From the outside, the BMW i Vision AMBY looks similar to an e-bike, but it offers significantly more possibilities. It is one of five different concept vehicles with which the BMW Group is presenting its vision of individual mobility in cities and their surrounding areas at the IAA Mobility event.
Under a single umbrella spanning electric mobility, digitality and sustainability, the five pioneering concepts create a versatile mobility mix on two and four wheels fuelled by sustainable thinking which comprehensively addresses an extremely wide range of mobility needs.
The BMW i Vision AMBY and BMW Motorrad Vision AMBY.
AMBY is a neologism for “adaptive mobility”. The BMW i Vision AMBY and BMW Motorrad Vision AMBY Vision Vehicles (see also the separate press release on the BMW Motorrad Vision AMBY) interpret the basic idea of adaptive urban mobility on two wheels in different ways. The two vehicles are both fitted with an electric drive system with three speed ratings for different types of roads. The drive system enables speeds of up to 25 km/h (15.5 mph) on cycle tracks, up to 45 km/h (28 mph) on city-centre roads and up to 60 km/h (37 mph) on multi-lane roads and outside urban areas. However, insurance plates and a corresponding licence are required for the higher speeds. While users of the BMW i Vision AMBY high-speed pedelec have to constantly pedal in order to benefit from the assistance of the electric drive system, the BMW Motorrad Vision AMBY accelerates via a throttle grip/throttle lever and has motorcycle-style footrests instead of pedals.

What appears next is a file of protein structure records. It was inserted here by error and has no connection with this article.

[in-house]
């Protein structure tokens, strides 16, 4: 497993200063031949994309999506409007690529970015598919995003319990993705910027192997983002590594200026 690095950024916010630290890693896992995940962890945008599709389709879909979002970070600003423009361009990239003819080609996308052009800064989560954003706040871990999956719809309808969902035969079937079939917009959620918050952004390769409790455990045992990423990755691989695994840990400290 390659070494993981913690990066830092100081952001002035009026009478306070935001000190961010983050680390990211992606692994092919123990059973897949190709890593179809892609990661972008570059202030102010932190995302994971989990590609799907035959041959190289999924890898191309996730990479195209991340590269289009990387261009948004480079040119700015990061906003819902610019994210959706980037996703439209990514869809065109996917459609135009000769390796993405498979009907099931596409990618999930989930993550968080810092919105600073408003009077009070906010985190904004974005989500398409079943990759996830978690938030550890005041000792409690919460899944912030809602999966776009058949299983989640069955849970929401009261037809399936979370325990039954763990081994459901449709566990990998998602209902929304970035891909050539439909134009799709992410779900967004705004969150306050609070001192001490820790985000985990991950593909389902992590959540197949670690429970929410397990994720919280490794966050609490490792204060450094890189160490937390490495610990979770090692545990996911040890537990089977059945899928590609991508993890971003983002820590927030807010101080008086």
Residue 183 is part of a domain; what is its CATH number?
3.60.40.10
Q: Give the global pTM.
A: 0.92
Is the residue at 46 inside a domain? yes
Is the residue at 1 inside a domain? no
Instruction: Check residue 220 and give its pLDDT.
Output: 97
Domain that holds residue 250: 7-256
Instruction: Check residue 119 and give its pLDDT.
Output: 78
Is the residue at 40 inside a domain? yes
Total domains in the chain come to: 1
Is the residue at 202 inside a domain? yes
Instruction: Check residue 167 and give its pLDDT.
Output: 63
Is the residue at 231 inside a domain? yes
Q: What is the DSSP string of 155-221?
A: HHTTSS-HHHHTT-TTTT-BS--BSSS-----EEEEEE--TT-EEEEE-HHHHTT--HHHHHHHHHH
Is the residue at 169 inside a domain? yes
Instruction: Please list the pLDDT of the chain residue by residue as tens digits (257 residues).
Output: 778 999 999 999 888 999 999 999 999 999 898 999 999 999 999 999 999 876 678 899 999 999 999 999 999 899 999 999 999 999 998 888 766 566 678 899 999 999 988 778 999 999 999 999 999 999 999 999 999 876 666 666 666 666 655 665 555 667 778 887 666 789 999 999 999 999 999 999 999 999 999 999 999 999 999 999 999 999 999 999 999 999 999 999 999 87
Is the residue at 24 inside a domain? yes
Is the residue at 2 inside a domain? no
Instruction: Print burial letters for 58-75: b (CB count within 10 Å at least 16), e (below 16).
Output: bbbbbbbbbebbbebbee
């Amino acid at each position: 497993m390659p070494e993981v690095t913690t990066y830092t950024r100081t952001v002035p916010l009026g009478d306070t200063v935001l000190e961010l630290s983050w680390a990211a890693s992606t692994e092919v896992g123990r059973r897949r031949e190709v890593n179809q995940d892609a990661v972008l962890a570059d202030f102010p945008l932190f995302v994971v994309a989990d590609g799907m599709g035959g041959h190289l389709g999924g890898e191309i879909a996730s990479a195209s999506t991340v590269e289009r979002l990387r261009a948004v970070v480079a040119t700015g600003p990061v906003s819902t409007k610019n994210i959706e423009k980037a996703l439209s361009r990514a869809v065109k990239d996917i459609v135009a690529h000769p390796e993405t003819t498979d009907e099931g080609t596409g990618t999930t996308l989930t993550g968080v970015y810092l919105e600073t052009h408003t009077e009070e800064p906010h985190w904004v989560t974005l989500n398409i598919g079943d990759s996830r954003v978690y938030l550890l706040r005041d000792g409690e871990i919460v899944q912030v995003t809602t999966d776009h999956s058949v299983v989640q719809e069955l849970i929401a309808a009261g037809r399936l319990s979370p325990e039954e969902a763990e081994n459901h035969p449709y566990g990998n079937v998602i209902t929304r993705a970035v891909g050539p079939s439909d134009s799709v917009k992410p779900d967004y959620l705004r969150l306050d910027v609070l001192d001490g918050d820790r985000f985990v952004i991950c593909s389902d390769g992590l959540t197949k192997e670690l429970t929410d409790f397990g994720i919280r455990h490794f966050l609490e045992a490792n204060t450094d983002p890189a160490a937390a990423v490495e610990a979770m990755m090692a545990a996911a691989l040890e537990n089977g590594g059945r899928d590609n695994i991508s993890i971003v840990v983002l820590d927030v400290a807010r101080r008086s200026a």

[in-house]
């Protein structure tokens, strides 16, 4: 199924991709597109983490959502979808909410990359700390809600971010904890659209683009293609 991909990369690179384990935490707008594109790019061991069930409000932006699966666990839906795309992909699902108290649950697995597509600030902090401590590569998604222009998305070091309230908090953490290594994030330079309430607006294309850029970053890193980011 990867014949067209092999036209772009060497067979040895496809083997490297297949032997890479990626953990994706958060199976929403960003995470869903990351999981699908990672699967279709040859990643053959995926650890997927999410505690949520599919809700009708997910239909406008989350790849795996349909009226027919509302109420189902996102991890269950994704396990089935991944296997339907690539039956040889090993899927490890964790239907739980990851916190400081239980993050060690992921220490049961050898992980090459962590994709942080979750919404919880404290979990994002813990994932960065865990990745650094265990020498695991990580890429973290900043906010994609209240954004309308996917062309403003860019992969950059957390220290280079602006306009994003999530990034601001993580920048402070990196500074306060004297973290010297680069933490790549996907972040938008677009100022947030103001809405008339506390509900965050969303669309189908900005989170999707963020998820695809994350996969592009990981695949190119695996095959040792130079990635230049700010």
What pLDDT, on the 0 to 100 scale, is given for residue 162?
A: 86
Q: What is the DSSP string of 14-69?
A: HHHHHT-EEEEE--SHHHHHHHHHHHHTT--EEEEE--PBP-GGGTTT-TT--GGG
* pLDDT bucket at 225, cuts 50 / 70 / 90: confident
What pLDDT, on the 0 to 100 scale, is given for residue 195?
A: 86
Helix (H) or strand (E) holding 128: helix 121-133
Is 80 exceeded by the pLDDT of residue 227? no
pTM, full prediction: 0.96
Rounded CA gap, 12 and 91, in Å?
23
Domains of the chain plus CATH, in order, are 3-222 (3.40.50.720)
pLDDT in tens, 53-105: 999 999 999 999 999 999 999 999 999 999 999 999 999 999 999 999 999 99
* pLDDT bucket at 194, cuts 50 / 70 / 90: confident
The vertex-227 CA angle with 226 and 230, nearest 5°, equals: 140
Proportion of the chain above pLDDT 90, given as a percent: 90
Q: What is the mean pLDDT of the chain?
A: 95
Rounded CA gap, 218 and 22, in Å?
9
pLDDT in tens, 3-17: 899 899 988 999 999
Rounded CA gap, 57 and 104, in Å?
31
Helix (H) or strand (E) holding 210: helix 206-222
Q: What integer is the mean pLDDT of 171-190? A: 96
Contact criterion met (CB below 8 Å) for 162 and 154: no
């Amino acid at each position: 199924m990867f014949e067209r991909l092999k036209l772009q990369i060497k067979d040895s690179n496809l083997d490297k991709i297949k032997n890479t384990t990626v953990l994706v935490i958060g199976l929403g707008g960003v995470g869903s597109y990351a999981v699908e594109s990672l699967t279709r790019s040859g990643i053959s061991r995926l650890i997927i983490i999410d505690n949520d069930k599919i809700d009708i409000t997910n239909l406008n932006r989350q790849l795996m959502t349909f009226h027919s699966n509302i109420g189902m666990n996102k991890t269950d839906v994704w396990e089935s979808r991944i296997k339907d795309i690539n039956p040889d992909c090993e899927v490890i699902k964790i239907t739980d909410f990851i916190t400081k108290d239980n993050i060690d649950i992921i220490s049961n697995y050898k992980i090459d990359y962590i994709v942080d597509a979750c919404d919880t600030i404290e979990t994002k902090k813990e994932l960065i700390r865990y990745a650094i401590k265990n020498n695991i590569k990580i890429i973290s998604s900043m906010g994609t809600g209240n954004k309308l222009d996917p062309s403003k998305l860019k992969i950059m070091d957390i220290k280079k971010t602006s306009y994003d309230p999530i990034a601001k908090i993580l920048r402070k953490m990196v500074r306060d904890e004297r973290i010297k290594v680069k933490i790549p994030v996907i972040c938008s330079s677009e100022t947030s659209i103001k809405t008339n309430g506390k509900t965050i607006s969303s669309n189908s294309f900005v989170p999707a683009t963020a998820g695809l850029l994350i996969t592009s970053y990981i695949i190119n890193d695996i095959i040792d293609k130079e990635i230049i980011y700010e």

The modes available to the rider are stored in the app on the smartphone linked with the “AMBY” Vision Vehicle. Manual selection of the modes is perfectly feasible, as are automatic recognition of location and road type via geofencing technology and the associated automatic adjustment of top speed. In the absence of any existing legal framework for a vehicle of this kind with a modular speed concept, the “AMBY” Vision Vehicles set out to prompt the introduction of such legislation and by consequence developments of this nature. The BMW Group is therefore showing its keenness to remain part of the mobility conversation in cities, even if in the years ahead those cities offer motor cars an increasingly small space in which to function.